By Barbara Falconer Newhall
Something big and white and cloudy was lurking in the steep canyon below our house. I stood up from my computer and peered out the window for a better look.
It was flowering tree, growing wild.
I’d never noticed that tree before. You can barely see it from our house. It’s surrounded on all sides by more predictable trees: A rangy bay laurel and its offspring. A couple of young and aggressive live oaks. An aging Monterey pine. A gigantic cypress. Also, an anonymous shrub with red berries that I have never much liked.
But here it is February, early spring in Oakland, California. And a fruit tree – an apple? a plum? – is blossoming right below my back yard.
I went outdoors to get a better look, only to lose sight of the tree entirely. It’s probably a beautiful thing, I thought. But what a waste. All that splendor and no one to pay homage to it.
I resolved to make my way down the hill later in the week and appreciate that tree up close. Take a picture. Record the poignant, fleeting lives of those white blossoms.
And so, last Friday I grabbed our camera, put on my hiking boots and a pair of old, expendable pants, and made the steep downhill journey through mud, blackberry, sourgrass and a rotting tree stump.
When I finally reached the hidden tree, I saw that it was a tangled mass of limbs, branches and twigs, many of them dead. Clearly no gardener prunes or tends this tree. It’s on its own. And this season, all on its own, it has produced thousands of small white flowers, each one quietly surging with life and – it seemed to me – intention.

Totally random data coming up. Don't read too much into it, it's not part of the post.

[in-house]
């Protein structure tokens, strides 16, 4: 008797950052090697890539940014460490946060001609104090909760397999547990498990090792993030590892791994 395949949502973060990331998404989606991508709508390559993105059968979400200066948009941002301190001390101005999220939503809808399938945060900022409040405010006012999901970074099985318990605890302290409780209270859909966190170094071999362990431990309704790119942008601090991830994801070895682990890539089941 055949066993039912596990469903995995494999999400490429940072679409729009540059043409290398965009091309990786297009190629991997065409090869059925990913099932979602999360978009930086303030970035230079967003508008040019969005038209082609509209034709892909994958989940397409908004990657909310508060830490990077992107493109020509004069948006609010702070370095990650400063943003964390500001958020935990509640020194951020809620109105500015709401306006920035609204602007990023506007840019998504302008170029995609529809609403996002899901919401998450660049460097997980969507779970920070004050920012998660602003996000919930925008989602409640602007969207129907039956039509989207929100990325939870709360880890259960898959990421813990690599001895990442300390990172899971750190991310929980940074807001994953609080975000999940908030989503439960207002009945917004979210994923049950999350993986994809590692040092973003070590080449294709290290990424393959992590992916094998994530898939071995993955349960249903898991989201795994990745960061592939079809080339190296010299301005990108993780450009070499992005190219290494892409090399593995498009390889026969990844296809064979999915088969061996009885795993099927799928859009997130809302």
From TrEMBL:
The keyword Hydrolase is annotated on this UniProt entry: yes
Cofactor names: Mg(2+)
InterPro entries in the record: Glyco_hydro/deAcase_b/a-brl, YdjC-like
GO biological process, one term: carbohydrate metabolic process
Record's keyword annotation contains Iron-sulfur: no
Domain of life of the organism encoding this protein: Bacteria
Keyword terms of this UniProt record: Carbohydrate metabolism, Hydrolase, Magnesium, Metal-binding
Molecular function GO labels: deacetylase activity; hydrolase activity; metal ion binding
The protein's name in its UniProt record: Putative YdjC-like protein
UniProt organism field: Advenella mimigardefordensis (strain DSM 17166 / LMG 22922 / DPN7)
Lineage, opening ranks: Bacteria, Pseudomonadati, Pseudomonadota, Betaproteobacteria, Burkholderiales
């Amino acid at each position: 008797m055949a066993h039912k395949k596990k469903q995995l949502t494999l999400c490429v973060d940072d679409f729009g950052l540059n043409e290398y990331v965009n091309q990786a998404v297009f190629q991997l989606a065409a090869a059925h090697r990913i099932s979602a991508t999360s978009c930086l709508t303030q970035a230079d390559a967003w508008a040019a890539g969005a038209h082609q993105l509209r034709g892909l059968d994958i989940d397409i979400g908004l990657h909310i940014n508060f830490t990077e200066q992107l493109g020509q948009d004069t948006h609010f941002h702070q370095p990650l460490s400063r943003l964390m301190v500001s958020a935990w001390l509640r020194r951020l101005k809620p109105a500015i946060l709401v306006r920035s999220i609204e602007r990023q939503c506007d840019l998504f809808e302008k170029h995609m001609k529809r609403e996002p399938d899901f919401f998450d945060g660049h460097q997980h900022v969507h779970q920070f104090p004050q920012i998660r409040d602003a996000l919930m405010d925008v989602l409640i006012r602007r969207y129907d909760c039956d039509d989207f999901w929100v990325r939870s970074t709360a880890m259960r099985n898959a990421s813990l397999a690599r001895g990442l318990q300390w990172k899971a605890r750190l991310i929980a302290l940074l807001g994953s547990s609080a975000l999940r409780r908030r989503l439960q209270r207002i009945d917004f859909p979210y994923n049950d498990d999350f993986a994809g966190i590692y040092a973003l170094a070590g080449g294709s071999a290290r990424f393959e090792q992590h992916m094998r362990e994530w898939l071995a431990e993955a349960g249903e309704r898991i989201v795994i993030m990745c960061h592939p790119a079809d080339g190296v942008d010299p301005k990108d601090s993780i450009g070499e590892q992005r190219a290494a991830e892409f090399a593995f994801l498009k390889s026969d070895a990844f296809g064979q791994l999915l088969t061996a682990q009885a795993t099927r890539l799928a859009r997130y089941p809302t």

I snapped my pictures, but I did not linger under the tree. I couldn’t get much of a foothold on the muddy hillside. Also, my feet were getting wet, and I needed to get back to my writing room. I had work to do.
Picking my way back up the slippery hillside, I felt satisfied that this patch of beauty had not gone unappreciated. I had personally given it its full fifteen minutes of fame.
Back at the house I kicked off my muddy boots and thought about the proverbial tree falling in the woods. If no one hears it crash, does it make a sound?
Likewise, if no one sees this small tree bloom, is it beautiful? What if I hadn’t been here to take note – and a snapshot? Could that cloud of blossoms have been beautiful without me? Without a beholder, is there beauty?
Maybe God is like that tree, hidden, and beautiful whether I show up with my camera or not.
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